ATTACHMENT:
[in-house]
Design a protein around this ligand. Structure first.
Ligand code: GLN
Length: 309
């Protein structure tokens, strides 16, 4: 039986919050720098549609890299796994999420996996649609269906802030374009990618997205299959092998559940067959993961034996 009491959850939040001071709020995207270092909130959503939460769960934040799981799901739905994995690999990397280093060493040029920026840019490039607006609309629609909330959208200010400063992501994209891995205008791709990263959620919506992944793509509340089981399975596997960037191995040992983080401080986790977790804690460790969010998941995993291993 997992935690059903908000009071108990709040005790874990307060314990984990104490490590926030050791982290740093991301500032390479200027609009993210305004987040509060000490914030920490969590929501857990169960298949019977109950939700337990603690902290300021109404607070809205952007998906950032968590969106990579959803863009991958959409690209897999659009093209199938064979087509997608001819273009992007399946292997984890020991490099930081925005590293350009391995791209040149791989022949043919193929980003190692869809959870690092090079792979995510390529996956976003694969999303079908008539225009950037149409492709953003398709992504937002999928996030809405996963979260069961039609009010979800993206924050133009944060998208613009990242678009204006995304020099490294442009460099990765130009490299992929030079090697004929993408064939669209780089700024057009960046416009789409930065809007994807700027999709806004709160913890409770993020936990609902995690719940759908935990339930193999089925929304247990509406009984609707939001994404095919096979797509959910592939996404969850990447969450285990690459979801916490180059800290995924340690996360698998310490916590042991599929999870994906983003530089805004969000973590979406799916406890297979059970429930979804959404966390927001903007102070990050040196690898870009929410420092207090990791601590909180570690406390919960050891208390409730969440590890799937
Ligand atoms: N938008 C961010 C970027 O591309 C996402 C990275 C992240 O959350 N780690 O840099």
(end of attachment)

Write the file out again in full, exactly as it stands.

[in-house]
Design a protein around this ligand. Structure first.
Ligand code: GLN
Length: 309
């Protein structure tokens, strides 16, 4: 039986919050720098549609890299796994999420996996649609269906802030374009990618997205299959092998559940067959993961034996 009491959850939040001071709020995207270092909130959503939460769960934040799981799901739905994995690999990397280093060493040029920026840019490039607006609309629609909330959208200010400063992501994209891995205008791709990263959620919506992944793509509340089981399975596997960037191995040992983080401080986790977790804690460790969010998941995993291993 997992935690059903908000009071108990709040005790874990307060314990984990104490490590926030050791982290740093991301500032390479200027609009993210305004987040509060000490914030920490969590929501857990169960298949019977109950939700337990603690902290300021109404607070809205952007998906950032968590969106990579959803863009991958959409690209897999659009093209199938064979087509997608001819273009992007399946292997984890020991490099930081925005590293350009391995791209040149791989022949043919193929980003190692869809959870690092090079792979995510390529996956976003694969999303079908008539225009950037149409492709953003398709992504937002999928996030809405996963979260069961039609009010979800993206924050133009944060998208613009990242678009204006995304020099490294442009460099990765130009490299992929030079090697004929993408064939669209780089700024057009960046416009789409930065809007994807700027999709806004709160913890409770993020936990609902995690719940759908935990339930193999089925929304247990509406009984609707939001994404095919096979797509959910592939996404969850990447969450285990690459979801916490180059800290995924340690996360698998310490916590042991599929999870994906983003530089805004969000973590979406799916406890297979059970429930979804959404966390927001903007102070990050040196690898870009929410420092207090990791601590909180570690406390919960050891208390409730969440590890799937
Ligand atoms: N938008 C961010 C970027 O591309 C996402 C990275 C992240 O959350 N780690 O840099």